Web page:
We are constantly urged to be better with data; aspirations swirl around higher levels of service, greater insights, predictive analytics and targeted public information. We buy into the idea of doing better but how do we define and measure that?
In 2015 I launched a project in the HE sector around data capabilities; a toolkit to help HE institutions understand and improve standards of data management and governance in order to unlock those benefits that we all strive for. At the heart of the toolkit was a self-assessment process built on the capability maturity model which provides a detailed analysis of capability levels from a number of perspectives. We need to understand where we are before we embark on our journey to our desired destination. The toolkit is still available on the HESA website and I would recommend it to FE colleges since the fundamental challenges and aspirations are consistent across the sectors. However, if you want to get a quick sense of the relationship that your college has with data then I think there are three broad questions that can help you assess where you currently are.
Test one: talk about data
In my work on data strategies and capabilities I often find that cultural issues are key to unlocking changes in the way organisations deal with data so my first question is about the type of conversations that take place involving data. Is data seen as a problem and a burden or is it spoken with in more positive respectful terms? Is there confidence in dealing with data or is there a tendency to perceive it as a technical issue for less-senior staff to deal with? These conversations can say a lot about where the organisation currently is and about the willingness and capability to change the relationship to one that is more positive and fruitful. You can tell a lot about the attitudes to data by listening not only to what is being said but by the language and tone of the conversations that take place.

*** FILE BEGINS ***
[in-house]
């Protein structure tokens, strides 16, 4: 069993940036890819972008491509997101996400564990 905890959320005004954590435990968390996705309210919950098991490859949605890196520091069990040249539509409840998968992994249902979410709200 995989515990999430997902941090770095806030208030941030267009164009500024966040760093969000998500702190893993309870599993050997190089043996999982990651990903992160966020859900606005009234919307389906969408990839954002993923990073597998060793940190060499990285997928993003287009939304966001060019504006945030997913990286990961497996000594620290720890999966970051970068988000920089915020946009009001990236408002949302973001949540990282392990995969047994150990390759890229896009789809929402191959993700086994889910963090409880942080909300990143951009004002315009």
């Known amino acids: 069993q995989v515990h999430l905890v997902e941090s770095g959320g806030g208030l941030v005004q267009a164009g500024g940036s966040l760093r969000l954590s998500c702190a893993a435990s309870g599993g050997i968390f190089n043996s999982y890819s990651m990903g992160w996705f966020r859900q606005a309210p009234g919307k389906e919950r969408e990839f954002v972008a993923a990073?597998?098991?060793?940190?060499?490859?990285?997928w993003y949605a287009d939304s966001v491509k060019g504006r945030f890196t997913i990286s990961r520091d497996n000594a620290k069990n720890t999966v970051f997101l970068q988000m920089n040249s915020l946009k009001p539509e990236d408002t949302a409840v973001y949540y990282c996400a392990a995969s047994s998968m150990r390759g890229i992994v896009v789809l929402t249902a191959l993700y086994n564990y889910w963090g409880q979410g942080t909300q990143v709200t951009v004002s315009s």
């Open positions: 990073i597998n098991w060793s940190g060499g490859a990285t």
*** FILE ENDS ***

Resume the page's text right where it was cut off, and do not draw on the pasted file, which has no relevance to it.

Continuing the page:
Test two: eliminating the silos
The second question is about the way that data responsibilities and operations are structured in an organisation. High-performing data organisations will have a coherent organisation-wide approach to issues like data governance, data architecture and data quality. The lack of a coherent approach to data issues will lead to the establishment of highly-siloed data operations with inconsistent specifications and quality and with high levels of duplication. Data from other silos will not be trusted and there will be more time spent discussing whose data is right rather than what does the data actually tell us.
Test three: accuracy is key
The final question, and for me something of an acid-test, is the use of spreadsheets. Of course everybody uses spreadsheets; they are quick, simple and highly flexible for moving data around and building simple models. However, in some organisations those quick simple models that have been developed on spreadsheets end up becoming critical systems and with global error rates on spreadsheets estimated to be 88%, if your college is using a spreadsheet for anything that matters, you’re probably getting it wrong. The question therefore is not whether you use spreadsheets – or even how much you use spreadsheets – but how you use spreadsheets and the extent to which you are critically dependent on them.
A final thought on these questions. In my work with institutions I often find that there are significantly different perspectives on the levels of data capabilities in different parts of the organisation. If you have answered these three questions, maybe try them out on colleagues from different parts of the organisation. Sometimes the difference in perceptions can uncover valuable insights to the issues around our relationship with data.
Andy Youell has spent over 30 years working with data the systems and people that process it. Formerly Director of Data Policy and Governance at the Higher Education Statistics Agency, and member of the DfE Information Standards Board, he now works with further and higher education providers as a strategic data advisor.